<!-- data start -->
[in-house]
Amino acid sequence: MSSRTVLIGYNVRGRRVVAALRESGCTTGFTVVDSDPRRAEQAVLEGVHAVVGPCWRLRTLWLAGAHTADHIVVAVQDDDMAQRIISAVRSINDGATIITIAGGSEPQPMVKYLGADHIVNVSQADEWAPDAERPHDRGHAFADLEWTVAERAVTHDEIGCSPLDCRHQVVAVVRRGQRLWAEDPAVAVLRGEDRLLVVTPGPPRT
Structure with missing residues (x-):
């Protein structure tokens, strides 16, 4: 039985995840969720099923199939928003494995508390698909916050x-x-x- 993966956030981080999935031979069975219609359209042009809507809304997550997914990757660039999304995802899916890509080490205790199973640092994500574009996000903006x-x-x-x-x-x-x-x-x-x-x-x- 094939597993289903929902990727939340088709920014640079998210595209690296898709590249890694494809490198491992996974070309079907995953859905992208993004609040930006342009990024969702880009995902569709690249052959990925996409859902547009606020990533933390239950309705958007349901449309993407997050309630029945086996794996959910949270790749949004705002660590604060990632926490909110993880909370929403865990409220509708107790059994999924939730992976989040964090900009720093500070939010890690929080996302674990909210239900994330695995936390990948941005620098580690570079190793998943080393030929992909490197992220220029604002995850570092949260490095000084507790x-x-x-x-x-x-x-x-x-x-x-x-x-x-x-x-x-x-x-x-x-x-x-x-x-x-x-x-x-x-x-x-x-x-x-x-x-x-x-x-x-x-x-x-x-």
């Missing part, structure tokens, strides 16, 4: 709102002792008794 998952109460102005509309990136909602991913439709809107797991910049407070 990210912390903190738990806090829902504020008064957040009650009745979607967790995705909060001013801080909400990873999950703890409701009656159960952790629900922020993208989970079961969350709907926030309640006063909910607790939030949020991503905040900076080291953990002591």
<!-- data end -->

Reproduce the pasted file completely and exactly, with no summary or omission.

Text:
[in-house]
Amino acid sequence: MSSRTVLIGYNVRGRRVVAALRESGCTTGFTVVDSDPRRAEQAVLEGVHAVVGPCWRLRTLWLAGAHTADHIVVAVQDDDMAQRIISAVRSINDGATIITIAGGSEPQPMVKYLGADHIVNVSQADEWAPDAERPHDRGHAFADLEWTVAERAVTHDEIGCSPLDCRHQVVAVVRRGQRLWAEDPAVAVLRGEDRLLVVTPGPPRT
Structure with missing residues (x-):
């Protein structure tokens, strides 16, 4: 039985995840969720099923199939928003494995508390698909916050x-x-x- 993966956030981080999935031979069975219609359209042009809507809304997550997914990757660039999304995802899916890509080490205790199973640092994500574009996000903006x-x-x-x-x-x-x-x-x-x-x-x- 094939597993289903929902990727939340088709920014640079998210595209690296898709590249890694494809490198491992996974070309079907995953859905992208993004609040930006342009990024969702880009995902569709690249052959990925996409859902547009606020990533933390239950309705958007349901449309993407997050309630029945086996794996959910949270790749949004705002660590604060990632926490909110993880909370929403865990409220509708107790059994999924939730992976989040964090900009720093500070939010890690929080996302674990909210239900994330695995936390990948941005620098580690570079190793998943080393030929992909490197992220220029604002995850570092949260490095000084507790x-x-x-x-x-x-x-x-x-x-x-x-x-x-x-x-x-x-x-x-x-x-x-x-x-x-x-x-x-x-x-x-x-x-x-x-x-x-x-x-x-x-x-x-x-």
């Missing part, structure tokens, strides 16, 4: 709102002792008794 998952109460102005509309990136909602991913439709809107797991910049407070 990210912390903190738990806090829902504020008064957040009650009745979607967790995705909060001013801080909400990873999950703890409701009656159960952790629900922020993208989970079961969350709907926030309640006063909910607790939030949020991503905040900076080291953990002591």